Over the past decade employment has grown very strongly, from 29 million to 33 million in work (70% and 76% of the working age population). At the same time wages have grown at historically slow rates. The government response has been to cut working age benefits and to increase minimum wages. There are problems with such a policy, but it makes some sense in the context of a low wage, high employment labour market. The big worry right now of course is keeping people in employment as demand for labour dries up. In that context the substantial increases in benefits – for example in Universal Credit and in Housing Benefit – announced last week are clearly an appropriate response as the government tries to protect people’s incomes. Whether the planned increase in the National Living Wage to £8.72 an hour as from the start of April still makes sense is open to question. That decision was based on a recommendation made back in October when the labour market looked utterly different. If the absolute focus is on keeping people in paid work and attached to their employers, delaying next month’s rise in the NLW could be a sensible move.

Last week the Chancellor announced a substantial package of temporary increases to benefits in the light of the Coronavirus outbreak, due to come into force in April. Such increases are well justified in the current climate. The National Living Wage (NLW) is also due to rise at the same time. Given the costs this will impose on employers this increase is now less desirable and there is a case for it being deferred.

The past five years have seen significant cuts to working-age benefits – following the Conservative 2015 manifesto pledge to cut £12 billion off the annual benefits bill – alongside increases in minimum wages, especially for those aged 25 or over. This is illustrated in the solid lines of Figure 1, which show the NLW and average entitlement to Universal Credit (UC) among in-work households (including those with higher incomes or assets who are not entitled to UC), both in real terms. While the NLW rose by 15% between 2015–16 and 2019–20 (from £7.24 per hour to £8.32 per hour), average UC entitlement among working households fell by 19%. At the same time the basic rate for a single out-of-work claimant fell by 8%, from £80.15 to £74.08 per week. The increases to minimum wages largely do not offset the cuts to benefits, with different households targeted by the policies and the overall size of welfare cuts much bigger than the increase in net earnings afforded by the NLW. However, the minimum wage rises took place when employment was high and rising, which is certainly the ideal time to implement such large increases.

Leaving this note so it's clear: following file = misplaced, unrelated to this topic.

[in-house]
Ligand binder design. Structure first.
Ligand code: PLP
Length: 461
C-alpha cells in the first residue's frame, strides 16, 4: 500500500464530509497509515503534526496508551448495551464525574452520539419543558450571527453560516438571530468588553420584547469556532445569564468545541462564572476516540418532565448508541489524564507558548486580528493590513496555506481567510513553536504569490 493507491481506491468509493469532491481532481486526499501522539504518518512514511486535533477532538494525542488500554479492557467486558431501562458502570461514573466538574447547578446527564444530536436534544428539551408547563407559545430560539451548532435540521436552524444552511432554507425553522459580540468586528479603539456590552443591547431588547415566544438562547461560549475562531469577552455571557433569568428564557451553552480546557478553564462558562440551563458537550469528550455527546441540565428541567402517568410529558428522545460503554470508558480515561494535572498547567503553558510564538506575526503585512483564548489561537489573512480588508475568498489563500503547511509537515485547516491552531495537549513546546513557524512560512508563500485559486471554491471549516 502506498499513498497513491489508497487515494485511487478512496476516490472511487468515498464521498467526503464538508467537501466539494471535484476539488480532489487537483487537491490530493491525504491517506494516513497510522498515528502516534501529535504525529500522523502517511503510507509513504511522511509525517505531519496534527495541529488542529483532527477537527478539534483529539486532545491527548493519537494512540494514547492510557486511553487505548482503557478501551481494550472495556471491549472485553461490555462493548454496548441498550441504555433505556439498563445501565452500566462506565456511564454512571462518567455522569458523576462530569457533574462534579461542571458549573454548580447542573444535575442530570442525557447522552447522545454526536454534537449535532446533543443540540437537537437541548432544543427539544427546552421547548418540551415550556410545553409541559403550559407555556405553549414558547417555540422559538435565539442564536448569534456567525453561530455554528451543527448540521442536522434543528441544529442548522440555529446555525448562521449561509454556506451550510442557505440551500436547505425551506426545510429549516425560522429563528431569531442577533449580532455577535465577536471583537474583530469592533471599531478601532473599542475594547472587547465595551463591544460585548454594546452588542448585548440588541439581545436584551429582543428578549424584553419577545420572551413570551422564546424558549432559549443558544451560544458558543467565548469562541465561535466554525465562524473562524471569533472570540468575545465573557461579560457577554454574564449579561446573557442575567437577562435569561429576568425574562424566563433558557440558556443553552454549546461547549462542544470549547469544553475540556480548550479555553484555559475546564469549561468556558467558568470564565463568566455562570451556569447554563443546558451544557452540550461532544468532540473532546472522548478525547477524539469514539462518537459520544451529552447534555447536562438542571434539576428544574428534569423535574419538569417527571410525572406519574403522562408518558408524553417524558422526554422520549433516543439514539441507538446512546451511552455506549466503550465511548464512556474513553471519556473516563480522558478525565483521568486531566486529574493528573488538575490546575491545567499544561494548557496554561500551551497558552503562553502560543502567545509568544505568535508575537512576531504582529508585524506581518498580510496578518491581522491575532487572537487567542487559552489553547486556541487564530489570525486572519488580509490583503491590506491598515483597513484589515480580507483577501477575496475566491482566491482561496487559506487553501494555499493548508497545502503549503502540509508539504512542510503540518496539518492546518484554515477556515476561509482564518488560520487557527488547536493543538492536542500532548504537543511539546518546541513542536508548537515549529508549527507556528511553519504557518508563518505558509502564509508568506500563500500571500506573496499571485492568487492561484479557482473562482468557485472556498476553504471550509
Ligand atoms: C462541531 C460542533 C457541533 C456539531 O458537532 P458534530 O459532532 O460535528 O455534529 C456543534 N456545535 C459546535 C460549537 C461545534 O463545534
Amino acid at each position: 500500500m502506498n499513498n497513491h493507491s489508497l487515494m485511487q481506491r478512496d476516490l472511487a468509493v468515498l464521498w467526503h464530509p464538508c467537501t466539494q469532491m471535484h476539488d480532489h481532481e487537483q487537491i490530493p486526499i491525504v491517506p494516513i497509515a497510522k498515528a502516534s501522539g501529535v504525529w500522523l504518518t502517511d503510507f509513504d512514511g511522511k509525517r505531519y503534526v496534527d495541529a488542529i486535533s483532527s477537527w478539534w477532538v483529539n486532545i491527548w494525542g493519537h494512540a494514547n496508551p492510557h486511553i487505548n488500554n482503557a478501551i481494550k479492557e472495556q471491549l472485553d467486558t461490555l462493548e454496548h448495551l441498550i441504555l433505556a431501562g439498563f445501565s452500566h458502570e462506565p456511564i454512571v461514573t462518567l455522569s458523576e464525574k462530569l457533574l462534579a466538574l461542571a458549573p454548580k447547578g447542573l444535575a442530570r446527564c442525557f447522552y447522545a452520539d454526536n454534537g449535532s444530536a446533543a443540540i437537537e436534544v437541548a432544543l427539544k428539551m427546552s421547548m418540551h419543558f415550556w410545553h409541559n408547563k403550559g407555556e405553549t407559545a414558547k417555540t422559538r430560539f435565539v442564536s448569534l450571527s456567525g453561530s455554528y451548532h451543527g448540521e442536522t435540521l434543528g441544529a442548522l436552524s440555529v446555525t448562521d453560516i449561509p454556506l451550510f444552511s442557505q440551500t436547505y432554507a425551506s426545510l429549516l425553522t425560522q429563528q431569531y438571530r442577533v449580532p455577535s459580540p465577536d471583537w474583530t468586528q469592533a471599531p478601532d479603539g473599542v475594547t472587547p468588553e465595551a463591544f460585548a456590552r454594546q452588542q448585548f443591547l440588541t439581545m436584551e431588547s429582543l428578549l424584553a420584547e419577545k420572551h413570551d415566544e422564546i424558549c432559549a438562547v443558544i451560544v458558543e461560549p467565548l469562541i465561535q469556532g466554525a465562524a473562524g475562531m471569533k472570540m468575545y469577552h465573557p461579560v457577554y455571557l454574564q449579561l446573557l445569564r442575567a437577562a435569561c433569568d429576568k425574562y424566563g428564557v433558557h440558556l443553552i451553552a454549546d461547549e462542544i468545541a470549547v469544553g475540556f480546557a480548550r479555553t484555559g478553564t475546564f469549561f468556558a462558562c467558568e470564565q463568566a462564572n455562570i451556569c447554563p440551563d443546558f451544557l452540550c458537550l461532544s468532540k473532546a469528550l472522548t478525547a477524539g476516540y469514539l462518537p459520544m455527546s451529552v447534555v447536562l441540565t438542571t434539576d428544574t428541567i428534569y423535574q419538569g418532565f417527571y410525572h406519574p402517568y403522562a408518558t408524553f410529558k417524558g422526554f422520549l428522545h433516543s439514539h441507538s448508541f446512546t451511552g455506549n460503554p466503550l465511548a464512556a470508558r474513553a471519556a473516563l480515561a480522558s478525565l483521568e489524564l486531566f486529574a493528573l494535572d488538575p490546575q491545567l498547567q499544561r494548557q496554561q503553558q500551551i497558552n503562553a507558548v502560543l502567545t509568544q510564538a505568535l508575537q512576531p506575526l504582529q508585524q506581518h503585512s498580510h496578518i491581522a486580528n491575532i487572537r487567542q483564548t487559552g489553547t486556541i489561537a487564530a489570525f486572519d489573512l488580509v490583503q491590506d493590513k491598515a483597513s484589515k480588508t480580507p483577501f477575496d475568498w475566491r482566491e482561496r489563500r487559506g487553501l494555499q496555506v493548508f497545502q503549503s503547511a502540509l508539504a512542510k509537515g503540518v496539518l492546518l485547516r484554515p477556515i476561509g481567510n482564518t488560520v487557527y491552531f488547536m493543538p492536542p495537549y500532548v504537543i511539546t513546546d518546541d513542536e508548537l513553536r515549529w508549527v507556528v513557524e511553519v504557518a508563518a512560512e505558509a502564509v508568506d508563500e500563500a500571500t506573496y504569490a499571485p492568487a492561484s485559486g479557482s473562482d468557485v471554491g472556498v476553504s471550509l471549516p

Figure 1. Average Universal Credit entitlement among in-work working-age households, and National Living / Minimum Wage (2020-21 prices).